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Aircraft maker Boeing 'concerned' about Jet Airways, says official

Press Trust of India  |  New Delhi 

is "concerned" over which is grappling with financial woes, a of the leading said Friday.

The full service carrier, which has been flying for over 25 years, is a key customer of The has placed orders for 219 737 MAX planes and has taken delivery of five of these planes.

"We are concerned absolutely ... we have (just) delivered five MAXs. We will continue to work with them," Dinesh Keskar, Senior (Sales and Marketing for and India) at said.

When asked whether he is concerned about financial stability of the airline, Keskara said, "it is ... sustainability", adding that fare levels seen in the last two-three months in the country's domestic airlines sector are a concern.

While the operating cost of airlines has increased in recent months mainly due to higher oil prices, fares have not been hiked much amid stiff competition.

There are entities that have deep pockets with funds and others that have working capital, literally, on a day-to-day basis, he noted without elaborating on any specific issue.

Currently, Group has 123 aircraft, including Boeing 777-300, 737 MAX and 737s.

Faced with financial problems, there has also been delay in payment of salaries to staff at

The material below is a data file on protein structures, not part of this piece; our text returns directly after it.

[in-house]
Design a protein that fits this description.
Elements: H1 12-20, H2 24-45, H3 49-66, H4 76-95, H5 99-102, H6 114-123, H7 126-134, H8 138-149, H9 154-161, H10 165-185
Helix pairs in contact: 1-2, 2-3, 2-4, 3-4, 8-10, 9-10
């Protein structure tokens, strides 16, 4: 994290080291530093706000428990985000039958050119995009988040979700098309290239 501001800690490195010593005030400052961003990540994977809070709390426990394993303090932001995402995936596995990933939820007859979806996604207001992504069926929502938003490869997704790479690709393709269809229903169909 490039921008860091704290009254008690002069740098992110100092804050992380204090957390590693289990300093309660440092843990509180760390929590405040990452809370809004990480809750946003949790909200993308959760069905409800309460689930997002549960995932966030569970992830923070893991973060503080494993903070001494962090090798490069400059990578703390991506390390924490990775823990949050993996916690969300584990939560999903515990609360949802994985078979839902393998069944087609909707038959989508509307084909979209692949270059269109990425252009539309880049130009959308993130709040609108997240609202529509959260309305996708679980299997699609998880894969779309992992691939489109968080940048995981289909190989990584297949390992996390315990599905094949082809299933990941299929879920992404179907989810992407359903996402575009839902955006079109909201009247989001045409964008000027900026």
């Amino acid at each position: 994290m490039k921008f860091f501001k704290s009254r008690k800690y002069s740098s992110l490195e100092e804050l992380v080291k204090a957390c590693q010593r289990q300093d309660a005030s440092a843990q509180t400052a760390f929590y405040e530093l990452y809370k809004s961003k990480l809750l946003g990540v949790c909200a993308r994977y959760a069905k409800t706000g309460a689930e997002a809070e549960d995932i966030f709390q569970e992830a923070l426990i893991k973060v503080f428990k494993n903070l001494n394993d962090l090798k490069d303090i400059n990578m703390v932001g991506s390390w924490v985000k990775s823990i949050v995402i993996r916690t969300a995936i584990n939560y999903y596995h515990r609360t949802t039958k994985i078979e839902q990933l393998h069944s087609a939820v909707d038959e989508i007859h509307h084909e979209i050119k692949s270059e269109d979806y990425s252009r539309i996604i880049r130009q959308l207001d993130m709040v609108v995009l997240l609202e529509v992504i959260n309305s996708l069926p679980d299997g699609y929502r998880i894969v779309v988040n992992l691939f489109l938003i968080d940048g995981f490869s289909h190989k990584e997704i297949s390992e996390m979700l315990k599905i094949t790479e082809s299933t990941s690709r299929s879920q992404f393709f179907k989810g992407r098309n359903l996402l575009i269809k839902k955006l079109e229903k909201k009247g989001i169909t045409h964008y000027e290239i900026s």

Speaking to reporters here on the sidelines of a function to mark inducting its first MAX 8 aircraft, Keskar said Indian carriers have placed orders for more than 400 MAX planes.

If decides to go for low-cost long haul services, then "I am sure we will be able to convince him (Ajay Singh) to go (with) Boeing 787," he said.

The no-frills airline, helmed by Ajay Singh, placed orders for up to 205 B 737 MAX aircraft in 2017.

"We are keeping a watch on Jet (Airways). So far, they have not come for any help," Civil Secretary R N Choubey said.

He said the government is still working on providing relief to the industry and one of the relief in the form of excise duty reduction on ATF (Turbine Fuel) has already come.

The excise duty on ATF has been cut to 11 per cent from 14 per cent at a time when the industry is facing tough business conditions, mainly in the wake of spiralling fuel prices.

To a query about possible package for the domestic airlines industry, Singh said, "We don't want a bailout package... All we are asking is give us a level-playing field with our peers around the world, many of whom we currently compete with".

"... These countries do not have tax on ATF. Whenever there is marginal taxation on ATF, then in those countries there is input tax credit available.

"Secondly, there is no import duty on services, aircraft parts... We want both things to be addressed for to become an hub," he said.

(This story has not been edited by Business Standard staff and is auto-generated from a syndicated feed.)

First Published: Fri, October 12 2018. 17:55 IST
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